Wednesday, July 6, 2011

Tolkien's Art

Today's post by Brad of Crushing Skulls on the power (or lack thereof) of cover art reminded me of one of my own johnny-come-lately discoveries: that my favorite Middle Earth art, the most evocative and mood-capturing, was the art drawn by the author himself.

I grew up with the striking 1973 edition Ballantine covers (that seem to be getting the most thumbs up on Brad's post so far). Those tattered paperbacks miraculously have survived each zig and zag of my life in the last three decades.

Before running this blog, truth be told, I paid little attention to the art credits of most of my books, even the treasured ones like those. So when I did pull out the editions a few months ago on a slow day to check the credit I have to admit it was a complete surprise. 

Tracking down a copy of J.R.R. Tolkien: Artist and Illustrator I was pleasantly surprised to find that many of his paintings, sketches, maps, fake manuscript fragments, runic calligraphy etc. were quite all quite good and fascinating.

Tolkien in our circles gets a little less of his due--presumably as a healthy corrective to the under-emphasis on the game's pulp fantasy inspirations--but damn if I am not consistently impressed by the breadth and scope of his talent as a well-rounded world-builder, even after all these years.

A nice collection of his illustrations can be found here.


  1. The stylised black ink dragon on the title page of the 1987 edition of The Hobbit is incredibly charming.

  2. I don't think I've seen anyone who is insane enough to claim that Tolkien wasn't a genius. Most of what I've seen denies his influence on Gary Gygax or simply seeks to go with other influences because of the reasons you state above.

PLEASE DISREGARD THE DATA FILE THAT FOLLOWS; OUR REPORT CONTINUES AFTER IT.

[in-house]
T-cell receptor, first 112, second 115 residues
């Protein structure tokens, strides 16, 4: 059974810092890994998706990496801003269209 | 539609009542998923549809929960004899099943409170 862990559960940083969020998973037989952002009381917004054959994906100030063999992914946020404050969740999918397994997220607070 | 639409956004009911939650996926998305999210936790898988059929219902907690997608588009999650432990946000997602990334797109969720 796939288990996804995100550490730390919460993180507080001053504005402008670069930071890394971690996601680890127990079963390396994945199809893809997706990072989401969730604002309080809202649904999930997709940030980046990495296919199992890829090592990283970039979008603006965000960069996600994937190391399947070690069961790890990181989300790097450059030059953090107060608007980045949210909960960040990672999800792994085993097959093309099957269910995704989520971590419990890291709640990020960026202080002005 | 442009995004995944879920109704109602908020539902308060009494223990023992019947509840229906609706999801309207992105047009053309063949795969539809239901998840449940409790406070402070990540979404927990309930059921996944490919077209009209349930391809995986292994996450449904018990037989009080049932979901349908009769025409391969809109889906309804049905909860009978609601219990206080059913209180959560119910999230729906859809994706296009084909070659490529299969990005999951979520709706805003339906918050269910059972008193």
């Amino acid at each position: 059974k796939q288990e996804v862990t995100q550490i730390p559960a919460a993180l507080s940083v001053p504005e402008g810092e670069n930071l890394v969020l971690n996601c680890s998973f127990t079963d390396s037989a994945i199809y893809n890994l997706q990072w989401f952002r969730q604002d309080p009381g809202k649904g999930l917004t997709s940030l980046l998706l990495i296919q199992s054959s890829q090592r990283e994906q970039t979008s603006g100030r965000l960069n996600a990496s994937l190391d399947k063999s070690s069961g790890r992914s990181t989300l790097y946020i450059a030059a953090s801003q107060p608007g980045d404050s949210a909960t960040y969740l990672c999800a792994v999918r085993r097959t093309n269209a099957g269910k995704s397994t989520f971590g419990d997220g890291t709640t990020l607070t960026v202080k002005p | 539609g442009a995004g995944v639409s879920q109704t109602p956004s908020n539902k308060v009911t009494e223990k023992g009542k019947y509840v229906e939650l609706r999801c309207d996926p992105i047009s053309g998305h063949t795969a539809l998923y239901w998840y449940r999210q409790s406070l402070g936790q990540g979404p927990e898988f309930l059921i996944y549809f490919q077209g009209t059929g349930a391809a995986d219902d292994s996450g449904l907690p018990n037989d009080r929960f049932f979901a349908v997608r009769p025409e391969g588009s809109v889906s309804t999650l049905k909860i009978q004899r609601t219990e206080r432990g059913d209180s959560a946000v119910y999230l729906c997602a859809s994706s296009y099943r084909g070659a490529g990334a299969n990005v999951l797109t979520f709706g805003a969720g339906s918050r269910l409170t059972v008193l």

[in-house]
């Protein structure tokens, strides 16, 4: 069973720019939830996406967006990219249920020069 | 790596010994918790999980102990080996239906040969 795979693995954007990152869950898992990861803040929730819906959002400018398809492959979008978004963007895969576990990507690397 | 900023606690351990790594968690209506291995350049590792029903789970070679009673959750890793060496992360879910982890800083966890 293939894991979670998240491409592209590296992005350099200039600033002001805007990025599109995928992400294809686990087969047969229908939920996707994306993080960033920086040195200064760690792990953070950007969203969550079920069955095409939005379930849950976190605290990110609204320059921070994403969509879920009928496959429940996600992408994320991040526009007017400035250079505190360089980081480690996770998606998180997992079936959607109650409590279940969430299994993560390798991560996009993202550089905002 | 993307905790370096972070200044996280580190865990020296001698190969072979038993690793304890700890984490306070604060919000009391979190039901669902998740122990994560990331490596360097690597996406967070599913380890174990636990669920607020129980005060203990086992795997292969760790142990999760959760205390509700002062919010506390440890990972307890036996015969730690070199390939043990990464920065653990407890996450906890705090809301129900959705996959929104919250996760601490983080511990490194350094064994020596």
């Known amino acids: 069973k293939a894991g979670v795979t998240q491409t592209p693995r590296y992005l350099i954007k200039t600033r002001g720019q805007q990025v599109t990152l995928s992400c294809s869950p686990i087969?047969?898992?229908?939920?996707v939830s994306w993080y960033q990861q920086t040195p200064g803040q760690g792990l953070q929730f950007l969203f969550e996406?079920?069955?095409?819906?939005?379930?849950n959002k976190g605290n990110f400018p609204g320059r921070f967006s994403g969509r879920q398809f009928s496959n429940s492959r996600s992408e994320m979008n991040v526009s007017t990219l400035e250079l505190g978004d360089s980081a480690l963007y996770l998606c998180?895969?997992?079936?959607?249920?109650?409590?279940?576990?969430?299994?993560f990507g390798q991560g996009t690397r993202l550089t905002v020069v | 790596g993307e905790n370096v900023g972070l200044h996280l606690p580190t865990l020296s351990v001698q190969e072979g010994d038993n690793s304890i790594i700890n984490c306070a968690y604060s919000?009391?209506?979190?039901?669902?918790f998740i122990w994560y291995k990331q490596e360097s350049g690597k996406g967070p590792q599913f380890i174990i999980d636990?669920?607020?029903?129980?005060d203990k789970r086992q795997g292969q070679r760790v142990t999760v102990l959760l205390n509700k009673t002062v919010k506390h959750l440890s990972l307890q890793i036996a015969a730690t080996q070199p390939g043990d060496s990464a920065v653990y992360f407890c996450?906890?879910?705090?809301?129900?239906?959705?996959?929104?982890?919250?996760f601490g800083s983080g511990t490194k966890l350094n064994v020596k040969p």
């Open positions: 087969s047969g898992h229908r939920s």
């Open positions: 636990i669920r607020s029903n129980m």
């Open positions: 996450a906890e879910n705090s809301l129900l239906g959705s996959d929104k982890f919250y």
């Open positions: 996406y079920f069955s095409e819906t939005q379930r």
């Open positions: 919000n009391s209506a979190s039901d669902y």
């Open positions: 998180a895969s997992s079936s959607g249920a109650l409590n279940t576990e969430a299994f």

I believe I've read somewhere that Dave Arneson did like Tolkien and was strongly influenced by him. Admittedly that's anecdotal, but I've always wondered why we focus so strongly on Gary.

    And of course Bob Bledsaw's Wilderlands of High Fantasy started in Middle Earth, which is still evident in the name.

  3. The book Roverandom has several Tolkien illustrations; it's also an entertaining children's story.

  4. @Evan: I think the focus is on Gary due to the TSR publicity machine, as well as the personalities of both; Dave was a pretty retiring guy, while Gary was a much more extroverted guy. Most RPG fans don't seem to know much about Ye Olden Dayes, as I think most of them have come into the genre in the last decade or so.

    yours, Chirine

  5. I always imagine Tolkein's art as being drawn by Bilbo whilst illustrating The Red Book. Probably because, after reading the stories, it really does look like something an author would draw/paint for his own book. It isn't literal in interpretation, but rather the romantic ideal of an adventure. The movie covers are the antithesis of this and I serious despise them.

  6. On Gygax and Arneson: history as the cliche goes is written by the victors. Unfortunately they both learned this the hard way at different points in their careers.

    These days I personally prefer the pulp classics like Leiber and CAS more than Tolkien, but I'd be lying if I didn't acknowledge that it was the former that piqued my love of the genre in the first place.

    Good points. His own illustrations have a heavy emphasis on the dreamy and pastoral, it just feels right to me from what I gathered out of the books.

    The new covers are horrible agreed, especially the Two Towers one emphasizing the bleach blonde dufus Orlando Bloom.

  7. CAS and Leiber are my two favorite genre authors, so it's good to see you have good taste ;)